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US, Mexico unearth new 'sophisticated' border drug tunnel

This image released by the US Immigration and Customs Enforcement (ICE) on October 31, 2013, shows a tunnel that crosses the US-Mexico border
This image released by the US Immigration and Customs Enforcement (ICE) on October 31, 2013, shows a tunnel that crosses the US-Mexico border

US and Mexican authorities have unearthed a "highly sophisticated" tunnel used to smuggle drugs beneath their common border, officials said Thursday, announcing the latest such find.

The tunnel, which is equipped with electricity, ventilation and rail tracks, was shut down Wednesday night after being discovered under the border between San Diego and near San Diego and Tijuana, just over the border in Mexico.

Three people were arrested, and authorities seized more than eight tons of marijuana and 325 pounds of cocaine, marking the first time cocaine has been recovered in connection with a local drug tunnel, said the US Immigration and Customs Enforcement (ICE) agency.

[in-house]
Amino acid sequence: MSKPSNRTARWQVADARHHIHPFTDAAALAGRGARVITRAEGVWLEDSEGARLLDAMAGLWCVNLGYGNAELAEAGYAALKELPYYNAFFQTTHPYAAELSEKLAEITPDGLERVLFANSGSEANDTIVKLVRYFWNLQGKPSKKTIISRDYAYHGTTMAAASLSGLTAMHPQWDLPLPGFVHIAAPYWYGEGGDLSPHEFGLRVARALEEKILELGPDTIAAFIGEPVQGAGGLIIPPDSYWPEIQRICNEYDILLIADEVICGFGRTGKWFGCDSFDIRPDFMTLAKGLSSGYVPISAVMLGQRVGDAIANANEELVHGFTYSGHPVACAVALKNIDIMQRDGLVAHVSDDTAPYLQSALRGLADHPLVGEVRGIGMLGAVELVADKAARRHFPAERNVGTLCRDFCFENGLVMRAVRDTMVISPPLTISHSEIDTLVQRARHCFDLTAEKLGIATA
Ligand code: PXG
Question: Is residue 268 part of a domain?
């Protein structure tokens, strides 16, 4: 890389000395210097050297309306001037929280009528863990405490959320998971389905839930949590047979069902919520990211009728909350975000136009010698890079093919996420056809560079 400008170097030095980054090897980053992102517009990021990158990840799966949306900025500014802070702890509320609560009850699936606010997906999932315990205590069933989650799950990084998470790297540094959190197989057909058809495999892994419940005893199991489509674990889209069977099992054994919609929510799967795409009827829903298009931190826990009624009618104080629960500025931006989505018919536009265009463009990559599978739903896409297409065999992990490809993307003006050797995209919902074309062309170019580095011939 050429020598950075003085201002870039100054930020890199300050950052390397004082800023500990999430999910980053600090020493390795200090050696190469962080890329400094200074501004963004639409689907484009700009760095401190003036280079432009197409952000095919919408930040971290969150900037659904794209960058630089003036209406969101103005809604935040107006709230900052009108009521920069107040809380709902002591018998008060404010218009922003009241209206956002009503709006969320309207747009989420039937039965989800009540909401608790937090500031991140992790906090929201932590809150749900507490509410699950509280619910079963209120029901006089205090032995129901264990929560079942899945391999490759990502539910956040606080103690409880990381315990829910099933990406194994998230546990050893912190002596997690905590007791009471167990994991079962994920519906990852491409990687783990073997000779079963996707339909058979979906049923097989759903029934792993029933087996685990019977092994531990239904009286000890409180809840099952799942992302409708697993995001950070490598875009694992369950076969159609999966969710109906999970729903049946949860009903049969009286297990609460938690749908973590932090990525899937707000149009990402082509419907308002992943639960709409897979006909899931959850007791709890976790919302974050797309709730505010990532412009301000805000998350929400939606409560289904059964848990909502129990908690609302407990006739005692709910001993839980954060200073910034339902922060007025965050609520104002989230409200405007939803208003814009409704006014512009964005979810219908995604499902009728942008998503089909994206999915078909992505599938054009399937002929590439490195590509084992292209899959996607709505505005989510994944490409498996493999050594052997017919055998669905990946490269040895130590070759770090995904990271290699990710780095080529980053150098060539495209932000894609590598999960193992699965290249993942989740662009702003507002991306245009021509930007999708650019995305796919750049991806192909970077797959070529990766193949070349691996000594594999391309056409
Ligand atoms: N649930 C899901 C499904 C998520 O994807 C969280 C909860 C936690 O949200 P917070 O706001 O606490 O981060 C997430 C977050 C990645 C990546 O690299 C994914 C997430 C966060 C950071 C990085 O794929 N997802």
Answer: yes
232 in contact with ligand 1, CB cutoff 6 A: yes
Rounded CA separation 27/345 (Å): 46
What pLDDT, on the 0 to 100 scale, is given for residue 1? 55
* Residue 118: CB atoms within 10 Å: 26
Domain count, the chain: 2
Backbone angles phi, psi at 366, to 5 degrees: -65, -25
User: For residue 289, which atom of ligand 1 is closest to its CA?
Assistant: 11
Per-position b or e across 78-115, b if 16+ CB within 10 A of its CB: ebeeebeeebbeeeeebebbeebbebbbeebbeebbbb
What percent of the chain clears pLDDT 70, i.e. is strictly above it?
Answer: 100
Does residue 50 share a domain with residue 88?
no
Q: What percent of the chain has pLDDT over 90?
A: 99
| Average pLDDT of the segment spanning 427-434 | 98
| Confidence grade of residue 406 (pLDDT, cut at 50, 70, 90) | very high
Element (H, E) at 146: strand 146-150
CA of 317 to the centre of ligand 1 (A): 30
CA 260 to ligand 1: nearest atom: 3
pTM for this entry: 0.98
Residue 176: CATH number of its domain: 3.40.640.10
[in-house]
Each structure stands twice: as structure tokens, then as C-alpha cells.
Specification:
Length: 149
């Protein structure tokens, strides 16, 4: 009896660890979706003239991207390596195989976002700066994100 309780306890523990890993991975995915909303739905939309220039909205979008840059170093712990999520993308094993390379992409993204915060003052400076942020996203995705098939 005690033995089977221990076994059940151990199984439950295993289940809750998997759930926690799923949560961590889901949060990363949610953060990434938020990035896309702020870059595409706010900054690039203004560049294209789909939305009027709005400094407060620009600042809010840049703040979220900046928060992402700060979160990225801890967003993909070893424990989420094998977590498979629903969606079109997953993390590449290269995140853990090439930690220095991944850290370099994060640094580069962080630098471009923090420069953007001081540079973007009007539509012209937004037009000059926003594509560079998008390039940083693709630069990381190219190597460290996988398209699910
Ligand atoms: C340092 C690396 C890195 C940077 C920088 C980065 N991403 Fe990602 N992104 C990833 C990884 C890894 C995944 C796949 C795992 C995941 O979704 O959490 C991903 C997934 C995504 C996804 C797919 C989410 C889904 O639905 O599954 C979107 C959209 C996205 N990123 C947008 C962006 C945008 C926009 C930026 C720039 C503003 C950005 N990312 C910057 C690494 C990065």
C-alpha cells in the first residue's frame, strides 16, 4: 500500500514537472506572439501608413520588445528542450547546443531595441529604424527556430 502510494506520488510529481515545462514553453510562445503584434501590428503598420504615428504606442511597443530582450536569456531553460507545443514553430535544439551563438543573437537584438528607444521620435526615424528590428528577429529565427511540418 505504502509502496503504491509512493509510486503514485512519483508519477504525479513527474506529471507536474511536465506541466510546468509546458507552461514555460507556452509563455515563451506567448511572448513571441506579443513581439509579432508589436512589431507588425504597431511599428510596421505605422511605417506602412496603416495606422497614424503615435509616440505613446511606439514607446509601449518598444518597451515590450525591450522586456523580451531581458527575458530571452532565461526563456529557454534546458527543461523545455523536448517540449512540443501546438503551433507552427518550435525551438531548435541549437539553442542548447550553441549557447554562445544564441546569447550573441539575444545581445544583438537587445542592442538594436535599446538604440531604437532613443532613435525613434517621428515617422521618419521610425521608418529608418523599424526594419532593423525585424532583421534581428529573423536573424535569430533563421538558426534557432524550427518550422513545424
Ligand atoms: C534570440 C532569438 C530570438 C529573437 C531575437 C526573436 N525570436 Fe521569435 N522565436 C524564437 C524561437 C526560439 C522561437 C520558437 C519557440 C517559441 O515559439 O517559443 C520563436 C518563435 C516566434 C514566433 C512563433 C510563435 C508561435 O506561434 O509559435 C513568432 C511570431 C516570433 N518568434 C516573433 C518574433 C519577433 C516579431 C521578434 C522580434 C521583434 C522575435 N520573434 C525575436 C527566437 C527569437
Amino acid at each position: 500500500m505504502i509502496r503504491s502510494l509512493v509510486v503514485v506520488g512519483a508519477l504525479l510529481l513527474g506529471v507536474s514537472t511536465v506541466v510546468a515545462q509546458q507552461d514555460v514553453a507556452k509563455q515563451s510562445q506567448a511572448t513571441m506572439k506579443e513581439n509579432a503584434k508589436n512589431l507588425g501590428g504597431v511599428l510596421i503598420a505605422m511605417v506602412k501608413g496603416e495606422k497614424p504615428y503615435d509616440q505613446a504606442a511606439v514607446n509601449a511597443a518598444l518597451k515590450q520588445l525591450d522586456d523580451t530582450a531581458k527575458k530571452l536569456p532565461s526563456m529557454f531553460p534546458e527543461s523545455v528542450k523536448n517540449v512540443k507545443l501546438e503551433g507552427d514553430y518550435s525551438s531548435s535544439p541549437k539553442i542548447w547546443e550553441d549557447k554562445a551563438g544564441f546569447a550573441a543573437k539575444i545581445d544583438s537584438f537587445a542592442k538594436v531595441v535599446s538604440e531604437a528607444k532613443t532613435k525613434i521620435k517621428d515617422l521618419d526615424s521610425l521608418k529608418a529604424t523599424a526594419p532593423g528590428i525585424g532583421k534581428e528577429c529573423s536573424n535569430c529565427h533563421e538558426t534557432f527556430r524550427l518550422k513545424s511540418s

In Tijuana, a Mexican security source said the tunnel was 200 meters long and was accessed at the southern end by a metal stairway down to a depth of 20 meters.

The Mexican end of the tunnel was in a building about 80 meters from the border fence, according to the source, who requested anonymity.

"It is sophisticated," he said, explaining that drugs could be transported on rails on an electronically-controlled metal trolley.

Discoveries of such underground passageways along the US-Mexico border are not uncommon and authorities say they are used by organized crime groups to traffick drugs and people into the United States.

At least 70,000 people are estimated to have died in drug-related violence since 2006, when troops were deployed to battle drug cartels.

burs/mt/jm

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